#9
Kris L. Christine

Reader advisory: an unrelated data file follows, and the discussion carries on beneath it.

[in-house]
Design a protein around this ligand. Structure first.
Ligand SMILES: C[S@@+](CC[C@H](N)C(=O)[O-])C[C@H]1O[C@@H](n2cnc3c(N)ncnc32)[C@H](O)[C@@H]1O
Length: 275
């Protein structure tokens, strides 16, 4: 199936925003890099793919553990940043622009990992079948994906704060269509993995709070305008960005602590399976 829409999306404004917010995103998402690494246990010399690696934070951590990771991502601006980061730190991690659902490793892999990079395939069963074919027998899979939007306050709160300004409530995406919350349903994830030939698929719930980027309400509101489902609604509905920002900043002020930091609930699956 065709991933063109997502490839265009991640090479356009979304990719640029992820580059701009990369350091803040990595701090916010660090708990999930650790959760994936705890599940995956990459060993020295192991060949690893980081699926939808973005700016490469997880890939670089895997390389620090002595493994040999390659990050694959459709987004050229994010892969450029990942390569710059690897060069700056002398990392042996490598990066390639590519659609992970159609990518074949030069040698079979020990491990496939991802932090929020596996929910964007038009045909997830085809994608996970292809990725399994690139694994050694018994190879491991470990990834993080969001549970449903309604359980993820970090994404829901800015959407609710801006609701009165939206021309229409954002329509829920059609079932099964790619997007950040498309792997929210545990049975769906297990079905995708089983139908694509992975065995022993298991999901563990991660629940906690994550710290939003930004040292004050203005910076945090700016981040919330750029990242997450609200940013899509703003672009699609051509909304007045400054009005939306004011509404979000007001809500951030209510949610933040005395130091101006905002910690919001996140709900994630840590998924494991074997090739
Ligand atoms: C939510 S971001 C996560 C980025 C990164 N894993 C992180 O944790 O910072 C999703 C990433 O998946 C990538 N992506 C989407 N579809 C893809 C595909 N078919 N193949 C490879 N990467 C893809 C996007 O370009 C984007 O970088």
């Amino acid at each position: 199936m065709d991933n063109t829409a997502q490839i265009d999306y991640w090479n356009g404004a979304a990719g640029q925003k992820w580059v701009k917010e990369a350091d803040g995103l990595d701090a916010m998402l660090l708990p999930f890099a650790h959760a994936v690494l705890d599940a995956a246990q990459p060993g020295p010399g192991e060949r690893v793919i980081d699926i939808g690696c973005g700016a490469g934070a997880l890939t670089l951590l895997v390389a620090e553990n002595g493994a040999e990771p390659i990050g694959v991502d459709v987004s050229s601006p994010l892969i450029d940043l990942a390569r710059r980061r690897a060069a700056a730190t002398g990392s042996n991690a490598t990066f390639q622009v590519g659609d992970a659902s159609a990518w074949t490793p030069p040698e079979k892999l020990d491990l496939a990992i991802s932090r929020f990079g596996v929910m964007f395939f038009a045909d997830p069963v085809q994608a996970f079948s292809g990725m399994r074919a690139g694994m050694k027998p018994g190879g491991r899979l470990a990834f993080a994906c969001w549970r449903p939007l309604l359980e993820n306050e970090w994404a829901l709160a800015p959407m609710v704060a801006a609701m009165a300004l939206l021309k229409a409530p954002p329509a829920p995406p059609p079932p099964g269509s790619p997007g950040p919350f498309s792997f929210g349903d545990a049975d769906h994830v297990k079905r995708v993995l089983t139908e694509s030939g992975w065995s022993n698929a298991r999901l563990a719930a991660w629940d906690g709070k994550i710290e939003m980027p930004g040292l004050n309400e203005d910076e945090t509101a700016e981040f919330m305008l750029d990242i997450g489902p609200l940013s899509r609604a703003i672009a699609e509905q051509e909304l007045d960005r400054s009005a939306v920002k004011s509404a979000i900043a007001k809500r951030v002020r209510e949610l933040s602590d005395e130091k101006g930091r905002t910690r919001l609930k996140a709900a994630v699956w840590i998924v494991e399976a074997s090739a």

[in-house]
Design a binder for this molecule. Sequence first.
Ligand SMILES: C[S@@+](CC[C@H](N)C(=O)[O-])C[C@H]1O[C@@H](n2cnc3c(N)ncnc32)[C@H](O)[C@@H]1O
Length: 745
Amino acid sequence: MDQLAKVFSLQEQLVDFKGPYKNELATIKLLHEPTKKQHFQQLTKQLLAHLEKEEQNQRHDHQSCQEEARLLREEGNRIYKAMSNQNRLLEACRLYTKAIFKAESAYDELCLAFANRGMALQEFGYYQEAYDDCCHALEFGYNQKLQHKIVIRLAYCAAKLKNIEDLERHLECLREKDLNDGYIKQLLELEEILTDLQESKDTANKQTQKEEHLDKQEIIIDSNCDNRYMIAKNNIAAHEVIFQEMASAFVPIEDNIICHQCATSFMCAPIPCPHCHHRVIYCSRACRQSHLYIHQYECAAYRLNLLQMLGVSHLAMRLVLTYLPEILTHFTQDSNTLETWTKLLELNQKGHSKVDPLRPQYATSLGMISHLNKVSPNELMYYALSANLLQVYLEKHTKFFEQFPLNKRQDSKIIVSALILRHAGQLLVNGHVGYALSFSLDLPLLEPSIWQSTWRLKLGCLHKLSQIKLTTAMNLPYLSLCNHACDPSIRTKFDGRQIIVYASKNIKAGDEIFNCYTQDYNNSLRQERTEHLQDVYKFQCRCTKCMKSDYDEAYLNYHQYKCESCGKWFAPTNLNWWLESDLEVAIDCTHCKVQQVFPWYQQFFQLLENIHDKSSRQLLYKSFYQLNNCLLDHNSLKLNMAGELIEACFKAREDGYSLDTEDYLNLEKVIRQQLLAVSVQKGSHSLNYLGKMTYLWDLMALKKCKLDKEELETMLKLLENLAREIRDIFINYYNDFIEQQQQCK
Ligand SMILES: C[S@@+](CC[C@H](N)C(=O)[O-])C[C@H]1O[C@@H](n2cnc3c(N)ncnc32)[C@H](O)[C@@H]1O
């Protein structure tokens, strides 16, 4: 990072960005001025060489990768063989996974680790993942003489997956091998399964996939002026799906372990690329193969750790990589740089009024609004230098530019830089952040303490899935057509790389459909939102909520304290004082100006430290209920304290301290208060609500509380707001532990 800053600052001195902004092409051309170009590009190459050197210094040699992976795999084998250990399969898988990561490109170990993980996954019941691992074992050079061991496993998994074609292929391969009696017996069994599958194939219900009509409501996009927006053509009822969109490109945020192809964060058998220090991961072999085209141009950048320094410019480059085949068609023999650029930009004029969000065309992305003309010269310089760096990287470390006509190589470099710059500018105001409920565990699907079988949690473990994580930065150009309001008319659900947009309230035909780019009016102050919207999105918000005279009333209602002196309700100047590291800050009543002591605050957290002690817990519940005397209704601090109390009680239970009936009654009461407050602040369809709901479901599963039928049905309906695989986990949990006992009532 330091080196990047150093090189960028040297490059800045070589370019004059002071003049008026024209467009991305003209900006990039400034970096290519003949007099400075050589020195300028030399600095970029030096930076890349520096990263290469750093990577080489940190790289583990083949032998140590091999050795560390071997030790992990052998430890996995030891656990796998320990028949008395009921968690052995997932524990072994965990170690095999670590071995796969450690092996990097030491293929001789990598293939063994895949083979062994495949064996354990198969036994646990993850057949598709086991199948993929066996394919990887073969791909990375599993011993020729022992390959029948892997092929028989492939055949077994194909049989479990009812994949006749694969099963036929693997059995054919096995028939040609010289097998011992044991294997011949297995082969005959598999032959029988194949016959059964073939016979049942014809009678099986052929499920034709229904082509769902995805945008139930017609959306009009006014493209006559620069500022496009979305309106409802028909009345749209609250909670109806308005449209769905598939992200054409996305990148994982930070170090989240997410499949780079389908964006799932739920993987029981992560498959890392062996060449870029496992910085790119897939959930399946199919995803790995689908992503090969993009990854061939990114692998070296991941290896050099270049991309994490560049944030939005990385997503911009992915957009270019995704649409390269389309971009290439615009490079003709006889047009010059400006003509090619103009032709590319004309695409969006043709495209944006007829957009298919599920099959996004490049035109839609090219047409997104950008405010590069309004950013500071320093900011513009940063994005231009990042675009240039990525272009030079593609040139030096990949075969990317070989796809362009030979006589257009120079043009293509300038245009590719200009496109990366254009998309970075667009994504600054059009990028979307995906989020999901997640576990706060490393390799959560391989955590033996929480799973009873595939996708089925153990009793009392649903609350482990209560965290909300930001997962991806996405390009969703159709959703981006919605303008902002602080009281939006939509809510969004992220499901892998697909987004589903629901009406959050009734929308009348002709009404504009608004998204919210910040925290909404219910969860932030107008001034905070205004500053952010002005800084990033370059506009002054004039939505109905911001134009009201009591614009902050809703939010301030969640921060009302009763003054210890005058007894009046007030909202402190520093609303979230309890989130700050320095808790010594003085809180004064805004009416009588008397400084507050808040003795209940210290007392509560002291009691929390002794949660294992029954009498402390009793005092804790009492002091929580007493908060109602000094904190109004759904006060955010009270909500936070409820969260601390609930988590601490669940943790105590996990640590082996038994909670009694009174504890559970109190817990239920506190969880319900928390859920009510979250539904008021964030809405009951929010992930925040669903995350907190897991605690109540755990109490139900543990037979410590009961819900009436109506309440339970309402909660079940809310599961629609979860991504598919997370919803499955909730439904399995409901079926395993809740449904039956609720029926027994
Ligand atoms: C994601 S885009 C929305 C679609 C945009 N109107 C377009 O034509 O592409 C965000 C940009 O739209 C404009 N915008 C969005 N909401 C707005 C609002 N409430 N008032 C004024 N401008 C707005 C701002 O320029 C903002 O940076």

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[quote name='porterk;786942]I'm sorry for being ignorant' date=' but I must ask. My pups are apparently allergic to their vaccines. They balloon up, turn bright red, get spots and in some cases go into anaphylactic shock (even when pre-medicated). Since the vet usually gives multiple shots together, I was told that next time that they are due for vaccines that we should do titers first to see if they really need them. We are not sure what they are allergic to: the rabbies shot, the parvo, or the distempter (I think those are the ones). If in fact it's the rabbies shot, my vet said they could have a note in their file saying they can't have a rabies shot, if needed, but you're saying a titer can't determine if they need a rabies shot or not?? Or are you just saying it doesn't matter if you check because most states won't accept the titer results?[/QUOTE'] Absolutely, do the titers, ask for a note for their files & request a medical waiver from your vet the next time their rabies shot is due. Sometimes even states without medical exemption clauses in their rabies laws will accept a waiver. When my dogs were ill & had waivers, I had them titered in case they bit someone. States will not accept titers in lieu of rabies vaccination, but a current titer can make a difference if your dog runs into trouble.Having multiple vaccinations at the same time is not recommended, especially for small breeds of dogs (see below). Combination Vaccines, Multiple Shots--on Page 16 of the 2003 American Animal Hospital Associaton's Canine Vaccine Guidelines http://www.leerburg....cial_report.htm under Immunological Factors Determining Vaccine Safety, it states that: "Although increasing the number of components in a vaccine may be more convenient for the practitioner or owner, the likelihood for adverse effects may increase. Also, interference can occur among the components. Care must be taken not to administer a product containing too many vaccines simultaneously if adverse events are to be avoided and optimal immune responses are sought. "The quotes in red below are from the attached scientific report covering adverse events within 3 days of vaccination in dogs over the course of 2 years. Reports of dogs having vaccinal adverse reactions within the same time frame were not included if heartworm medication had been administered along with the vaccines. This study did not include adverse reactions such as development of fibrosarcomas and/or other conditions which take longer than 3 days to develop.Moore, George E. et als., Adverse events diagnosed within three days of Vaccine Administration in Dogs, Journal of the American Veterinary Medical Association, Vol 227, No. 7, October 1, 2005 Results—4,678 adverse events (38.2/10,000 dogs vaccinated) were associated with administration of 3,439,576 doses of vaccine to 1,226,159 dogs. The VAAE rate decreased significantly as body weight increased. Risk was 27% to 38% greater for neutered versus sexually intact dogs and 35% to 64% greater for dogs approximately 1 to 3 years old versus 2 to 9 months old. The risk of a VAAE significantly increased as the number of vaccine doses administered per office visit increased; each additional vaccine significantly increased risk of an adverse event by 27% in dogs ≤ 10 kg (22 lb) and 12% in dogs > 10 kg. The risk of a VAAE significantly increased as the number of vaccines administered per office visit increased (P for trend < 0.001).In all dogs, each additional vaccine administered per office visit increased the rate of a VAAE by 24.2%; the rate increase was significantly (P <0.001) greater in dogs that weighed 0 to 10.0 kg, compared with dogs that weighed 0.1 to 45.0 kg (27.3% vs 11.5%, respectively; Figure 4). The 3 dogs with recorded deaths each had received ≥ 4 vaccines at their last office visit.The risk of a VAAE in this study population was inversely related to a dog’s weight.The risk of allergic reaction has been reported to increase after the third or fourth injection of a vaccine (ie, a booster response).